So, I have progressed to Bus Operator and have achieved qualifications in that field of work. I am now licenced to drive heavy rigid vehicles such as artic buses, and steer-tag buses anywhere in Australia. I am earning just as much as an RN or more so from that aspect I am quite happy in my new role as a bus operator. My role as an ex-nurse has not be in vain as even in bus driving there are times where I can use my past nursing experience towards various passengers whether they be elderly, disabled, or have hearing or vision impairments.

Chrysler Valiant update…

A lot has happened over the last 12 months which I have not posted anything on Word Press. The good news is that last December 2016 I was at long last able to register my Valiant. Since then I have renewed all shock absorbers which has improved the ride given the older ones have been on for years. The next project I am working on is to replace the clutch as it also has been on the car prior to purchasing it off my younger brother back in late 1997.

One of the problems the Valiant has had was losing oil which I assumed was from leaking through worn out engine gaskets. To my surprise a mechanic noticed that the oil sender pressure switch had a small crack in it which when the engine was under pressure was spraying oil every where. As a result I feel some of the oil has come into contact with the clutch system as the clutch has been slipping for sometime. The positive outcome is that the engine oil is not being lost as it once was and dip stick level is retaining the correct level.

I am in the process of waiting for my new clutch kit to arrive which should make an in-vast improvement to how the clutch works once installed.

Valiant Dec 2016

1964 Chrysler Valiant Sedan (AP5)

The other areas I have repaired have been;

  • Replaced front and rear windscreen rubbers
  • Replaced old carpet and underlay
  • Installed rear window demister
  • Modified internal car heating system (still being worked on)

 

The Valiant drives well…but will be much better when the new clutch is installed.

Pete.

 

Chrysler Valiant Sedan 1964 (AP5) update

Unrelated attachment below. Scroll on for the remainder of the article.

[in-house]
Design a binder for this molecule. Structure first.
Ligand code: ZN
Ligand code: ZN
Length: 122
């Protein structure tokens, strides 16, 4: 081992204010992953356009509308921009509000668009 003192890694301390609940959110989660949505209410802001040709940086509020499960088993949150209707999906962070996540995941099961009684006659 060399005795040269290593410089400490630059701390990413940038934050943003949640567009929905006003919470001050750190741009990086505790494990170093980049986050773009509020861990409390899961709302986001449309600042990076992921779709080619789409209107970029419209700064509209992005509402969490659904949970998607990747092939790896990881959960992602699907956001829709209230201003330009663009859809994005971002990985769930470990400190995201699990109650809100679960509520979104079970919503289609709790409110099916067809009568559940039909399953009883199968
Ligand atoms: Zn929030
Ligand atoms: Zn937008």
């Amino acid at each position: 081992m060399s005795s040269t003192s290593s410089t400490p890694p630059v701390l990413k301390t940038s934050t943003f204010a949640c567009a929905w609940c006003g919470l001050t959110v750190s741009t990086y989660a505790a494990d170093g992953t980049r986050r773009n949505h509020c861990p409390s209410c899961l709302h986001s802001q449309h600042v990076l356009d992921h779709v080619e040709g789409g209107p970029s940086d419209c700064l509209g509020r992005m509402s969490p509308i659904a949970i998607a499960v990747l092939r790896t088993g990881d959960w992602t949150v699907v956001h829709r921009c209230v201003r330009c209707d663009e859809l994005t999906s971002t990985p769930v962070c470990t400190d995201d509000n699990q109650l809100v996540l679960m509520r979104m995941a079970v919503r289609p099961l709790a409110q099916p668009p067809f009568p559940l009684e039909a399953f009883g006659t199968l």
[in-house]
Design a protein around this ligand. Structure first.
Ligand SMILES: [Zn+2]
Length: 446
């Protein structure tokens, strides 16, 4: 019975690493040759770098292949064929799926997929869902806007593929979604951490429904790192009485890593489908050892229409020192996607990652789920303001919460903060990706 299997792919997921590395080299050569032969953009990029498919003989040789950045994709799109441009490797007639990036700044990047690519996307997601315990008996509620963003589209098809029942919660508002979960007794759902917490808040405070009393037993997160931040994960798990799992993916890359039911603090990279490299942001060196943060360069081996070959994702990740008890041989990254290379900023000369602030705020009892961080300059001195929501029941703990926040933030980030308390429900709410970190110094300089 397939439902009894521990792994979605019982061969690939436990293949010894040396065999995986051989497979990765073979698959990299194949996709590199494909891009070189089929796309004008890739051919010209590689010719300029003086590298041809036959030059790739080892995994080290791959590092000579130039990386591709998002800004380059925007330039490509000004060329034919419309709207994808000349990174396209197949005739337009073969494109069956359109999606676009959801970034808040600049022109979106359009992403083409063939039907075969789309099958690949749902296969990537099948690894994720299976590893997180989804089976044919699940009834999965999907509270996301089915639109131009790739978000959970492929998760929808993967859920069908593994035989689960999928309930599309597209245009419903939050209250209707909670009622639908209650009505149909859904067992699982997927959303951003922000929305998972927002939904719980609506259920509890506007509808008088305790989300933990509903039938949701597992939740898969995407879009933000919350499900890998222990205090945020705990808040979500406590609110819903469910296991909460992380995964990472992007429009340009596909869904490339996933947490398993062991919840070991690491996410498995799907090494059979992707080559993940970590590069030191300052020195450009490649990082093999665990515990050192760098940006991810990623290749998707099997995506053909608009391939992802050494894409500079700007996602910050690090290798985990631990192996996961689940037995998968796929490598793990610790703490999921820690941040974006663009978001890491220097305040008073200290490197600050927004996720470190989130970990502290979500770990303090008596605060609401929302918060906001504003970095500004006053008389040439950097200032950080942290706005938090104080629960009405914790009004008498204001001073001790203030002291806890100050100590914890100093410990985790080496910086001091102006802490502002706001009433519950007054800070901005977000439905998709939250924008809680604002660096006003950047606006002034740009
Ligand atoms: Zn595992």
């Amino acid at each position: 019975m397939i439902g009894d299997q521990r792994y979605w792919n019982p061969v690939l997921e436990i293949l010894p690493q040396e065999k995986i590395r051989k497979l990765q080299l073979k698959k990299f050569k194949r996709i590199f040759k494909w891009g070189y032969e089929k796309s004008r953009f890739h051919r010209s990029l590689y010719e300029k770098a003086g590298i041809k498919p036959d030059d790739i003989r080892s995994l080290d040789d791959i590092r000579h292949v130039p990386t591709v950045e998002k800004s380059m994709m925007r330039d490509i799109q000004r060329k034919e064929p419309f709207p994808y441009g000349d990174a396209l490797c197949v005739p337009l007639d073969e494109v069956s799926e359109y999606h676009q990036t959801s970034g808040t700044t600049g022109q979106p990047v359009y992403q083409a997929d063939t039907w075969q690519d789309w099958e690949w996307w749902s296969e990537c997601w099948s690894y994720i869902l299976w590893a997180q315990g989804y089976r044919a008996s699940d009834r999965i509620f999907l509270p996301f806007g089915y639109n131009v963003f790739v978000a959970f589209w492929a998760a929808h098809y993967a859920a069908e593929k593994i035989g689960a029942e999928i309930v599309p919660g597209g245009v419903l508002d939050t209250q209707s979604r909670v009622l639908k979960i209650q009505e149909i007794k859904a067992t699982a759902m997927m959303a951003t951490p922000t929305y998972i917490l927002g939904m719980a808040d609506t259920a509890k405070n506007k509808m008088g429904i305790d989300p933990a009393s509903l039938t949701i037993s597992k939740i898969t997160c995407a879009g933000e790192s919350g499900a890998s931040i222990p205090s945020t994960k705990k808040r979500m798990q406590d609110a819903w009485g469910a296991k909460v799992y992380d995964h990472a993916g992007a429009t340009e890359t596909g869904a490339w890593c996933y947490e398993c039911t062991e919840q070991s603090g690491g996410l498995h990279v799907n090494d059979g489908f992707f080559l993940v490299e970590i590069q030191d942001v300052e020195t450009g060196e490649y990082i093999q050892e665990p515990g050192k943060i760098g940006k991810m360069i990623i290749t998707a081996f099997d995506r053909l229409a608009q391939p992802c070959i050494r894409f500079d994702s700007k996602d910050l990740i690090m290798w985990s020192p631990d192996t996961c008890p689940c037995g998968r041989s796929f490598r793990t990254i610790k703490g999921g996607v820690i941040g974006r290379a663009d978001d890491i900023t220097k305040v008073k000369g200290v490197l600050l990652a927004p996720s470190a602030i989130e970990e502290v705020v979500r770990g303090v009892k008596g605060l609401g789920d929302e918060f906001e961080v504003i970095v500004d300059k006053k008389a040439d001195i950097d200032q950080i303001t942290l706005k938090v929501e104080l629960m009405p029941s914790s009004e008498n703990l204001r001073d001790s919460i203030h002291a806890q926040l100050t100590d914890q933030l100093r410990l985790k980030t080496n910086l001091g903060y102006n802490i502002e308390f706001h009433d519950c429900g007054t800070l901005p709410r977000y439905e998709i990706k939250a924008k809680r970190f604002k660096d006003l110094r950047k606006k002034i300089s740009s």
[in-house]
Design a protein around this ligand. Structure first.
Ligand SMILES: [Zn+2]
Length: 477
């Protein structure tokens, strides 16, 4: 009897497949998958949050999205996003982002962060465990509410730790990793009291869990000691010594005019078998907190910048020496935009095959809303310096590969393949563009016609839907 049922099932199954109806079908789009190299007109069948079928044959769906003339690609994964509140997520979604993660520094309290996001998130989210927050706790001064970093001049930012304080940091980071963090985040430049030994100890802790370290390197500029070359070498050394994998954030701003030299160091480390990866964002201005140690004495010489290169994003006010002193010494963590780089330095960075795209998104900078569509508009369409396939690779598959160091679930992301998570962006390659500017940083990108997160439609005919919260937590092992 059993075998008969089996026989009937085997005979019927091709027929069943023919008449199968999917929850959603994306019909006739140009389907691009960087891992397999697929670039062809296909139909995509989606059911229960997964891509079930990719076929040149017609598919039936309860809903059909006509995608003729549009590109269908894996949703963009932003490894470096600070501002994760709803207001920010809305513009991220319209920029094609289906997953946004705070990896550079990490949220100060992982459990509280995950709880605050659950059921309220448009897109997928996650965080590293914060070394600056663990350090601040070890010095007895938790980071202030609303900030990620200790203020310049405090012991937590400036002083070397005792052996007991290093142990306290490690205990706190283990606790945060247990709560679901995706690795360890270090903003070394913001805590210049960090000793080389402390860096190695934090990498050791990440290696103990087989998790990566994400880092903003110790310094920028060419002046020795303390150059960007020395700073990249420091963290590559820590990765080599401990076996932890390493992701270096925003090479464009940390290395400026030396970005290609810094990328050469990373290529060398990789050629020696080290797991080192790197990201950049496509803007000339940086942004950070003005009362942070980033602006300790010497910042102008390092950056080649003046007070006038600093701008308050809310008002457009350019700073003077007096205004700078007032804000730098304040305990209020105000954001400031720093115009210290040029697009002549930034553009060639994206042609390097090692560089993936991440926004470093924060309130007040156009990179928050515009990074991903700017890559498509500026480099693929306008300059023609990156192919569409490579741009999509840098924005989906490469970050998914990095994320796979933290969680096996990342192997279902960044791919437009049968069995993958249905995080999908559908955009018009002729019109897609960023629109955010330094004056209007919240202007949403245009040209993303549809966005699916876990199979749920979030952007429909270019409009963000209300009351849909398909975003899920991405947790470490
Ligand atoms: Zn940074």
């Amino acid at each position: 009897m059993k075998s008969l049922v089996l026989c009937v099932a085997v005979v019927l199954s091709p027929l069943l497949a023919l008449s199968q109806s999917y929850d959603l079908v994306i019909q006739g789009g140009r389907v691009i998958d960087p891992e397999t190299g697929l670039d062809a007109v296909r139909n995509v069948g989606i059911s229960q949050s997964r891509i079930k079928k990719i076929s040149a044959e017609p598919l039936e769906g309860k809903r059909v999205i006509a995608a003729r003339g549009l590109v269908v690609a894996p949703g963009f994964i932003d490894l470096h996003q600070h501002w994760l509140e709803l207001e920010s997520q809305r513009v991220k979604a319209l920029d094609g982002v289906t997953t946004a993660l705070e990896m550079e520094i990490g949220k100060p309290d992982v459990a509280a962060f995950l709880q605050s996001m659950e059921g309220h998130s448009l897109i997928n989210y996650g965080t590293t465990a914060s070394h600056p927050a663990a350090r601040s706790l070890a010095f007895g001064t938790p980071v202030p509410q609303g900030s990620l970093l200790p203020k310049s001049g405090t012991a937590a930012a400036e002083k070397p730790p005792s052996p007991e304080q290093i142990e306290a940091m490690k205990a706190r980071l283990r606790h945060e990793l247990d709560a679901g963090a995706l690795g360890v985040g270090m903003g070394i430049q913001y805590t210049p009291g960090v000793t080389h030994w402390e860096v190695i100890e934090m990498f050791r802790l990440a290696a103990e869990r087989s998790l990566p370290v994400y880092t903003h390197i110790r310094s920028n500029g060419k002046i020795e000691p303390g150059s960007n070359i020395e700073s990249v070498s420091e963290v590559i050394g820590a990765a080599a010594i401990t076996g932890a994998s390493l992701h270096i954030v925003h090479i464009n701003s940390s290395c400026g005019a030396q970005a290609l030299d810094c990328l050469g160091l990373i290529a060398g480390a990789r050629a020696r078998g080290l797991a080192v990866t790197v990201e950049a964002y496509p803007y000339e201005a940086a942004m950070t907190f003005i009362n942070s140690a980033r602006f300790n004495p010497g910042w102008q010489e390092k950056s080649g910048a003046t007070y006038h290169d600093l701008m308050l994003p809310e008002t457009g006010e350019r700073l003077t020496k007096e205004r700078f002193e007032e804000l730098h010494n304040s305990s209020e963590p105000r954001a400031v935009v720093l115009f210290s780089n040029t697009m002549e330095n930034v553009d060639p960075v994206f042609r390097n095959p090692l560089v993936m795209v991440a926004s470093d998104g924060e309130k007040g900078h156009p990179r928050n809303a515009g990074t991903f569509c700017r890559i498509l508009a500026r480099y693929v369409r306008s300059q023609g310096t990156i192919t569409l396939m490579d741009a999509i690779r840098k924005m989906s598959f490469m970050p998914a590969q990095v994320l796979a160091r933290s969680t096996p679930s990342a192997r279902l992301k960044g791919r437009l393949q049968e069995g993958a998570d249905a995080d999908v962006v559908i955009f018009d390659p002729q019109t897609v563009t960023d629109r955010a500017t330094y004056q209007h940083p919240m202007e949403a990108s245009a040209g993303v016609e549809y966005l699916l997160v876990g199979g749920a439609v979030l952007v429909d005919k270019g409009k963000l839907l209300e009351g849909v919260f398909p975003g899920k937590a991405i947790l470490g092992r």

Campmark ARC/MIG Welder

Campmark ARC/MIG Welder

Speco Centreshift installed

Speco Centreshift installed

It has been some while since I last posted something on my Word Press site…so today is that day.

One of my ongoing projects outside of nursing is to restore my 1964 Chrysler Valiant (AP5) sedan so I can have it passed for registration. Over the last 12 to 14 months I have been working on various items on the Valiant and have had success so far in what I have tackled. The list of repairs I have done during that time would relate to…

  • Modifying the electrical fuse box.
  • Replacing the left rear wheel bearing.
    Replaced both front wheel brake cylinders.
    Flushed out Brake Fluid and renewed.
  • New engine oil.
  • Replaced Oil filter and Air Filter.
  • Flushed radiator & replaced Coolant.
  • Replaced heater cable.
  • Replaced rear boot seal.
  • Replaced fuel pump.
  • Replaced spark plugs.
  • Installed new Speco Gear Centreshift.
As you can see there has been quite a few items that have been attended to over the last 12 to 14 months. Just recently I purchased a new Campmark arc/mig welder which is a dual welder as I can use it as a standard arc welder or a mig welder. Initially I was just going to purchase a mig welder as I need to do some minor welding on the Valiant where I installed the speco centreshift unit. However I spotted the Campmark welder on EBay and decided to purchase that one as I would have paid the same price for one elsewhere but with less features and qualities. The welder arrived the other day and is much quieter from a previous arc welder I owned some years back. I have tried the arc welding side of my new welder and it works fine. I have to buy a reel of gasless welding flux core wire before I can try out the mig welding side but have tested out the wire feed mechanism which works fine on the new welder.

My next plan is to do some practice mig welding on thin sheet metal before tackling the Valiant. Once I am confident I will do the minor welding on the Valiant before the end of this year and hope to have the Valiant inspected for registration in early 2016.

Catch up soon,

Pete.

My Valiant

My Valiant

My Nursing Experience at Morling Lodge Aged Care

Morling Lodge Aged Care

Morling Lodge Aged Care now decommissioned (last week) is located at Red Hill in the Australia Capital Territory (ACT) which is managed by BaptistCare (NSW & ACT) formerly known as Baptist Community Services NSW & ACT). I felt somewhat compelled to write some of my views about Morling Lodge due to hearing it is now decommissioned.

It was here that I first ventured into nursing in April 2002 working my first shift in Chaffer Wing that catered for high care residents. I remember applying for the position of Assistant in Nursing (AIN) at Morling Lodge which stipulated that applicants must have experience in order to apply. At the time I had no experience at all in nursing as my previous occupations were not in anyway slightly related to nursing. In fact my previous occupation was maintenance manager of a hotel-motel which had a limited future. After applying for a number of positions when I was working in maintenance and not getting anywhere I thought out of curiosity why not try nursing even though I had no experience. The worst thing that could happen is they send back a reply to say I’m not suited which wouldn’t matter as most other employment applications I tried were coming back negative anyway.